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ERIC Number: ED552392
Record Type: Non-Journal
Publication Date: 2012
Pages: 248
Abstractor: As Provided
Reference Count: N/A
ISBN: 978-1-2679-1150-6
A Study of the Pre-Licensure Nursing Students' Perception of the Simulation Learning Environment as Helpful in Achieving Clinical Competencies and Their Perception of the Impact of the Level of Fidelity
Crary, Wendy M.
ProQuest LLC, Ph.D. Dissertation, Cardinal Stritch University
The research question of this study was: to what degree do nursing students perceive using the High Fidelity Simulation (HFS) learning environment to be helpful in their ability to achieve clinical competency. The research sub-questions (7) explored the students' demographics as an influence on rating of reality and helpfulness and the correlation between the students' rating of reality in their HFS learning experience and their rating of helpfulness of achieving clinical competencies and their ability to learn. The purpose of this study was to explore and describe the phenomena of student perceptions of learning in the simulation environment and the role of the level of reality. The significance of the study is the lived experience of the nursing student in the High Fidelity Simulation learning environment is better understood. The detailing of relationships between the study variables and the strength of those relationships may provide guidance for educators to direct their efforts more effectively in teaching and learning. This study used the research approach of a sequential mixed methods descriptive study: survey research and focus groups. The data analysis reveals that for eight of the eleven items in Section II of the survey, which covered Role Expectations and Clinical Competencies, the students rated the simulation learning environment in the Helpful range, least Helpful; "Evidenced Based Practice", most helpful; "Teamwork and Collaboration". A second statistically significant correlation revealed the more real the student perceived the simulation environment they also rated more highly the helpfulness of the environment in achieving clinical competencies. The positive correlation suggests that the more real the student perceives the simulation learning environment to be, the more helpful they will find the environment in achieving clinical competencies. Another statistically significant finding: the more real the student perceived the simulation environment to be they also reported more strongly that the level of reality had an impact on their ability to learn. A clearer understanding of why some competencies were more challenging and others less so was achieved. Also, recommendations by the students on how those identified as challenging could be improved were documented for use by simulation learning facilitators. [The dissertation citations contained here are published with the permission of ProQuest LLC. Further reproduction is prohibited without permission. Copies of dissertations may be obtained by Telephone (800) 1-800-521-0600. Web page:]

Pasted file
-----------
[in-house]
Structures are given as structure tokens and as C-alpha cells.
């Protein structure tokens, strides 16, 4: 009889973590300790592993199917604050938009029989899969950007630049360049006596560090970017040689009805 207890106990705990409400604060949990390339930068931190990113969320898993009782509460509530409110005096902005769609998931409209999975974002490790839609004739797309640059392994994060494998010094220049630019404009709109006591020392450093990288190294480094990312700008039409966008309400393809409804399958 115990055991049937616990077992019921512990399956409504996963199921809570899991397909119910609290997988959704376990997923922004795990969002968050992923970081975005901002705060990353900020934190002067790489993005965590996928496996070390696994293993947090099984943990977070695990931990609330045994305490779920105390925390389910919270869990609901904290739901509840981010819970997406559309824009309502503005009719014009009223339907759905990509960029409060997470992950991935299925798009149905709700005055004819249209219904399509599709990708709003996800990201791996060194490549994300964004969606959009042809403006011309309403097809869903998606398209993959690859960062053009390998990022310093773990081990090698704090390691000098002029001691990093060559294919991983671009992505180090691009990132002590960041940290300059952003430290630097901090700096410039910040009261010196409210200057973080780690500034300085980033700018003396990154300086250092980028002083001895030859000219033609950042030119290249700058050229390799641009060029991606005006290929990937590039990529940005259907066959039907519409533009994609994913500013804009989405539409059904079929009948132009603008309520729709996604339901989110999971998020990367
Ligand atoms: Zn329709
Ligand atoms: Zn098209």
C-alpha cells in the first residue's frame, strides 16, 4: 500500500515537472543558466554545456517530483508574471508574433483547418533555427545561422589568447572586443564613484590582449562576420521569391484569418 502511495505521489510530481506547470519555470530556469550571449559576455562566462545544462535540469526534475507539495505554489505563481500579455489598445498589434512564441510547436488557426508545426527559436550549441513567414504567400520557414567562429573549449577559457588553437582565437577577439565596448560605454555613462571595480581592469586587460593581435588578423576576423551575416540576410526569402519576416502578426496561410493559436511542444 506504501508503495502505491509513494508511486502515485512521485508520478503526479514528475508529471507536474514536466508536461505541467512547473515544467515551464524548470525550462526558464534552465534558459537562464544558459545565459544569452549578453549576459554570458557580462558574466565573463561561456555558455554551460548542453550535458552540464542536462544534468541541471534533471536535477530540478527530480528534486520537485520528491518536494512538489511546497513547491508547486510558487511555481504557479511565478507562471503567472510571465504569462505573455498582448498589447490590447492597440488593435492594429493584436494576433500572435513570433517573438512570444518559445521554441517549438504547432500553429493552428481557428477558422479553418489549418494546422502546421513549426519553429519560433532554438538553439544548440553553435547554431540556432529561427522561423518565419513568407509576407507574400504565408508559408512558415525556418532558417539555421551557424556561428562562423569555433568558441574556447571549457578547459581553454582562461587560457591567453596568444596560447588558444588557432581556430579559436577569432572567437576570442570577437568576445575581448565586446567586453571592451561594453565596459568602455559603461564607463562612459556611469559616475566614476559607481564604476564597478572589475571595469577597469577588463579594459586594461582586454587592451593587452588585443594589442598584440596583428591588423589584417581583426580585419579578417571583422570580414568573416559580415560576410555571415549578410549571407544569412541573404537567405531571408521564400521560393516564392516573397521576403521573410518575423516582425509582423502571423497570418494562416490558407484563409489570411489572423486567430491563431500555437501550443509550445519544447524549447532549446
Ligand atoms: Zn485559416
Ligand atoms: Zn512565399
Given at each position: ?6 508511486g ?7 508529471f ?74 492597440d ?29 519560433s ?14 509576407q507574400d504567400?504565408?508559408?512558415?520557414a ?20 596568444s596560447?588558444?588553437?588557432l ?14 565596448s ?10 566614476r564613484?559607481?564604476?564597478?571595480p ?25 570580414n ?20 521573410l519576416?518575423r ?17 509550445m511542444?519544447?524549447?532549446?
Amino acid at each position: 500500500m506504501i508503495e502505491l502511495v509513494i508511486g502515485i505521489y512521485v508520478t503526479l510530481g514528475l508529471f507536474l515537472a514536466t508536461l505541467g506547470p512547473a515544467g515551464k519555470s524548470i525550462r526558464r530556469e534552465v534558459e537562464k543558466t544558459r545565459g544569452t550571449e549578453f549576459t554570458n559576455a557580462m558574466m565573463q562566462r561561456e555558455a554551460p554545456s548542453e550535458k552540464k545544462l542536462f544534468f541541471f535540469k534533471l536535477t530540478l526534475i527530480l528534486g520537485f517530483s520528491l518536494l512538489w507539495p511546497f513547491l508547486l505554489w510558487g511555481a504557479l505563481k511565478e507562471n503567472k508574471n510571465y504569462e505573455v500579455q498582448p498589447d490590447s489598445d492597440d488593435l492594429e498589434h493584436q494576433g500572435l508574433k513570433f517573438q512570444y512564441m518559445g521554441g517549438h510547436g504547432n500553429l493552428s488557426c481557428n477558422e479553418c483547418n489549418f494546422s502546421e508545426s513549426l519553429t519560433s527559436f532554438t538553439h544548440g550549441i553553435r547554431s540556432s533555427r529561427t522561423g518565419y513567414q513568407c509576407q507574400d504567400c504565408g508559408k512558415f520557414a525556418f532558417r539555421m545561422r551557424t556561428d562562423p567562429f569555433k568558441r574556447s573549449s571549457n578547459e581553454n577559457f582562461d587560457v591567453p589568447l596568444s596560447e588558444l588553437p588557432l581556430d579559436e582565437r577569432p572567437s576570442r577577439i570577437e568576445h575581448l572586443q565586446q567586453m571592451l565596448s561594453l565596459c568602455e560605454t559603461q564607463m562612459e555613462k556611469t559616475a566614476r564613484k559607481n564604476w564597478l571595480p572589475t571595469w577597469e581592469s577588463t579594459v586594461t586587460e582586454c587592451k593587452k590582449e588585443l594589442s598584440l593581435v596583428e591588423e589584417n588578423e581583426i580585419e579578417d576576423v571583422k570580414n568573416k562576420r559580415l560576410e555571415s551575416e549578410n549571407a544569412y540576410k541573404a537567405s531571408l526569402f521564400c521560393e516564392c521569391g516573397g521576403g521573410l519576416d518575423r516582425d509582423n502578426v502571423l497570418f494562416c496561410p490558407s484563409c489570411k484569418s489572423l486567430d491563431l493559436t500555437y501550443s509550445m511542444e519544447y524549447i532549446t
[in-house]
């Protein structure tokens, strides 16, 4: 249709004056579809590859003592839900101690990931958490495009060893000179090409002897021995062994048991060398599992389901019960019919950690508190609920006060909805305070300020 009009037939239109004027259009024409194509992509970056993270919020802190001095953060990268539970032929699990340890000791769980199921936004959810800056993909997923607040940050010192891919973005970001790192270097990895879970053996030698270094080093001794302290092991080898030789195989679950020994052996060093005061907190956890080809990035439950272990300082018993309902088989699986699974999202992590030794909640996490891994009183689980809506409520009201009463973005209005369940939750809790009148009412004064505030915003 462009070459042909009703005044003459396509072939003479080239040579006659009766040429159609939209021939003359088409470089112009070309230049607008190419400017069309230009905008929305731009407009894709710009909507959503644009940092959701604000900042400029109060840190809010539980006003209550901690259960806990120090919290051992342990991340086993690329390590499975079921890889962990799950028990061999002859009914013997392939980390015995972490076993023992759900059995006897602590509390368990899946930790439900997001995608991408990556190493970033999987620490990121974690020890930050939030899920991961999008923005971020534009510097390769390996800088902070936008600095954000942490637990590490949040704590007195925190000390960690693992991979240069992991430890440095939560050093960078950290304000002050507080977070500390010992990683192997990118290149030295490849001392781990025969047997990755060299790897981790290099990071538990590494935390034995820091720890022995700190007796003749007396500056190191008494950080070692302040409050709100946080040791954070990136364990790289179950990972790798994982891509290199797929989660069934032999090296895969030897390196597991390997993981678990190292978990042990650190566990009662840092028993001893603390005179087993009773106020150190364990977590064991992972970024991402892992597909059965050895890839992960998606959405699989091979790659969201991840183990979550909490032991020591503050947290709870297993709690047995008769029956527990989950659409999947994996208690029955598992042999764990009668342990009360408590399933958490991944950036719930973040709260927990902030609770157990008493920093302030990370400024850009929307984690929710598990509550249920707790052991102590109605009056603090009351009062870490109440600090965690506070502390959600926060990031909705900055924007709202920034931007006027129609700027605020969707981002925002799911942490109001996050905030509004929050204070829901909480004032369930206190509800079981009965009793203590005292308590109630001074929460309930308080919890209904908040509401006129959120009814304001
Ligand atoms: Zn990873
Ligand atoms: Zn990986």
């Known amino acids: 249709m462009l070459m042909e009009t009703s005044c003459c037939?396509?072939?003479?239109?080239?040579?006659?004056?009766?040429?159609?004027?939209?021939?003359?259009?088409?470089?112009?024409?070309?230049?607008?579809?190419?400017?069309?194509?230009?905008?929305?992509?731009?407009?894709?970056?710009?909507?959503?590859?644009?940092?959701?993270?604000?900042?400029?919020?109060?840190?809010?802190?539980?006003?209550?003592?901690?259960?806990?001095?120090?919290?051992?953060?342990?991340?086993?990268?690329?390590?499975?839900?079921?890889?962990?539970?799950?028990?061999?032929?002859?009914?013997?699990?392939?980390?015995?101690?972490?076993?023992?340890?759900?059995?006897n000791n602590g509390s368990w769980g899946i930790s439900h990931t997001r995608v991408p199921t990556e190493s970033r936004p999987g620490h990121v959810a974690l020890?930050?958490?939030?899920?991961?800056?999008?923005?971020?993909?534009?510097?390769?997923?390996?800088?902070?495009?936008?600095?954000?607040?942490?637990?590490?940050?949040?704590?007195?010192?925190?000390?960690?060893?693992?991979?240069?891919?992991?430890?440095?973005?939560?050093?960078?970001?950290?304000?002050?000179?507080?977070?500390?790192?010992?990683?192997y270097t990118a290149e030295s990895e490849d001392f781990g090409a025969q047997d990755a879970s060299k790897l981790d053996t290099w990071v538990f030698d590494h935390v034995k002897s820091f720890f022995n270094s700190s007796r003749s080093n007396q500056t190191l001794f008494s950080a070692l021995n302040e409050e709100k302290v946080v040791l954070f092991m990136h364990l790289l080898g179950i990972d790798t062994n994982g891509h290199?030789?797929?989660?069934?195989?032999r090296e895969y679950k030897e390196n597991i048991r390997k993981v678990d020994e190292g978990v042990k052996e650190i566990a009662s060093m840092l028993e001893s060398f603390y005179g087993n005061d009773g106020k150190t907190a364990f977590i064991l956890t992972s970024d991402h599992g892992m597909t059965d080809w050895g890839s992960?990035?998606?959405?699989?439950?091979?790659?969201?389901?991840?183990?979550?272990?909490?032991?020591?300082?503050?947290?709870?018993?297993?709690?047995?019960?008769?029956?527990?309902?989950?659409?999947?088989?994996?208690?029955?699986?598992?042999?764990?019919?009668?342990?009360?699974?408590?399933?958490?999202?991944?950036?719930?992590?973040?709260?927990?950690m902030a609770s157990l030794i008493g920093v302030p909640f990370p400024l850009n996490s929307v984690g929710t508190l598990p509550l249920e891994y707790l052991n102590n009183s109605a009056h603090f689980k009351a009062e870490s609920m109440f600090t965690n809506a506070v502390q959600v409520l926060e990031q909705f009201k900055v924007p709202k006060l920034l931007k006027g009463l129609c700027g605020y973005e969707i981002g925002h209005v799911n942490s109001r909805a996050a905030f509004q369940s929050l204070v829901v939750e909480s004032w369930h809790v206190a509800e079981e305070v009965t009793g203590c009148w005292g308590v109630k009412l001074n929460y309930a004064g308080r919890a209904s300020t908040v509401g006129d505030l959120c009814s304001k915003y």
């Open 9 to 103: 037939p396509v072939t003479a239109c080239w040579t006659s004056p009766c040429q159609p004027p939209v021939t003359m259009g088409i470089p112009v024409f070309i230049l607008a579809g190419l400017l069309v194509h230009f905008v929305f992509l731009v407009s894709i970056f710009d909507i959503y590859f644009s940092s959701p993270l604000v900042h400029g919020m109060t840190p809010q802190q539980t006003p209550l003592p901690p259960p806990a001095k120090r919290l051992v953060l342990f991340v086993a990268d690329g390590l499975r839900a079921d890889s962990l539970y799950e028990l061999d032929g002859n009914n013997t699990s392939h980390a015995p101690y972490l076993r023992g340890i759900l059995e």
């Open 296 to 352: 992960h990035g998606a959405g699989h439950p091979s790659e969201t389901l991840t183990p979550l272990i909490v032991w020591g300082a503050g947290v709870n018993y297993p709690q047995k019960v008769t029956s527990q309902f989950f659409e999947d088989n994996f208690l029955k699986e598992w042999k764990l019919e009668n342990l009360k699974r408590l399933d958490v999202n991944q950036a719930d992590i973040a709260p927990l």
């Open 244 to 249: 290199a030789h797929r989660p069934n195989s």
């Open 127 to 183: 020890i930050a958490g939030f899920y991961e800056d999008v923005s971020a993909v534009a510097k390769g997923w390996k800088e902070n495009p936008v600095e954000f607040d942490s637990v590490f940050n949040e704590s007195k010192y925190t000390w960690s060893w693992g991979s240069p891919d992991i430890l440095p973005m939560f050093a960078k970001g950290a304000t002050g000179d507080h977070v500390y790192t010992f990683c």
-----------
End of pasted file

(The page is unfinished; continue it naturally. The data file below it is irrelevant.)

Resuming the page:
ProQuest LLC. 789 East Eisenhower Parkway, P.O. Box 1346, Ann Arbor, MI 48106. Tel: 800-521-0600; Web site:
Publication Type: Dissertations/Theses - Doctoral Dissertations
Education Level: Higher Education; Postsecondary Education
Audience: N/A
Language: English
Sponsor: N/A
Authoring Institution: N/A